Thinking About Women and Girls Makes Development Work Better for Everyone
While development programming is increasingly politically savvy, and women and girls are high on the agenda, it’s bizarre how often gender is overlooked as one of the key determinants of who gets what in the world.
In our research we’ve been looking at what happens when gender analysis is placed more squarely at the heart of governance work. For example, can it improve our ability to understand how change happens?
There is a growing movement to do development differently by working in more politically informed ways in order to deal with the world as it is, and not as we’d like it to be.
That means asking who gets to set the rules, who has power and who is excluded. It means thinking about how social groups mobilise and how coalitions of civil society organisations, for example, successfully achieve the change they seek. This is how governance really works.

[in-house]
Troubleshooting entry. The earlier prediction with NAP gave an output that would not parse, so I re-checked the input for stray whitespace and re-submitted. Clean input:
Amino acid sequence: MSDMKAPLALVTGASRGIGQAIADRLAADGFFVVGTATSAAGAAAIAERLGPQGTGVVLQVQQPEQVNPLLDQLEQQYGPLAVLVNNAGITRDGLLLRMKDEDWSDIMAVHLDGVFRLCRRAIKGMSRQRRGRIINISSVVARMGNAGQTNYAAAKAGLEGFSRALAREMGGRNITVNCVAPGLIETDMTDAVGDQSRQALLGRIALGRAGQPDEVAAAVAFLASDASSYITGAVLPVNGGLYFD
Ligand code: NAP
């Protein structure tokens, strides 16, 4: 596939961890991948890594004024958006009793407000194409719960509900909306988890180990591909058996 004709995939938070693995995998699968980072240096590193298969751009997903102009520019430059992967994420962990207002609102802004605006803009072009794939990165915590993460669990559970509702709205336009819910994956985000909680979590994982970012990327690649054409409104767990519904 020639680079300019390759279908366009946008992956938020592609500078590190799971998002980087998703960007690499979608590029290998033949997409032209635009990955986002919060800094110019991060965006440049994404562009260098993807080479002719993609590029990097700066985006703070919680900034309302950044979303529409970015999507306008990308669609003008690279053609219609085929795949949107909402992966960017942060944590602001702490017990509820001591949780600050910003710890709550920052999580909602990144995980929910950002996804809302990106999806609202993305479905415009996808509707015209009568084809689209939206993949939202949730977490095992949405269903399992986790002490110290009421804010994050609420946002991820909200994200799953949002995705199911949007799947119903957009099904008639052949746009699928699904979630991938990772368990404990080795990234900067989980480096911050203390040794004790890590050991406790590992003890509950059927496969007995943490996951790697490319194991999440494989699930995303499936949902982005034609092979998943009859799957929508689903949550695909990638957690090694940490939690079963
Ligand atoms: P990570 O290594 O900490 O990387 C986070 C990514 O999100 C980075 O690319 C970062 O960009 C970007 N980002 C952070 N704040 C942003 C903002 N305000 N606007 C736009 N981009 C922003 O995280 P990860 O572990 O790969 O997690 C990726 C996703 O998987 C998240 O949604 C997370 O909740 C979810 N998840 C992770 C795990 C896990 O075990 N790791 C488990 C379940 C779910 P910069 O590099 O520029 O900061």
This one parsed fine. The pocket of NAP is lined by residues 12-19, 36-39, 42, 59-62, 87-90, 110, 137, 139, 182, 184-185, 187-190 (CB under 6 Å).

Meanwhile, advocating for women and girls within development is pretty popular right now. The UK women and equalities minister, Justine Greening, stated last International Women’s Day that “the world cannot wait for women’s empowerment”, while Australia’s minister for women’s affairs, Julie Bishop, pledged to put gender equality and women’s empowerment at the heart the country’s aid and trade strategies. Similarly, the folks at Davos, the World Bank and World Economic Forum are all putting gender on their agendas. Recently, even the Economist magazine has been waxing lyrical about gender budgeting.
While this is all great news, development programming often has a tendency to be either politically informed or gender sensitive, rather than doing both.
Read more here via 'The Conversation.'
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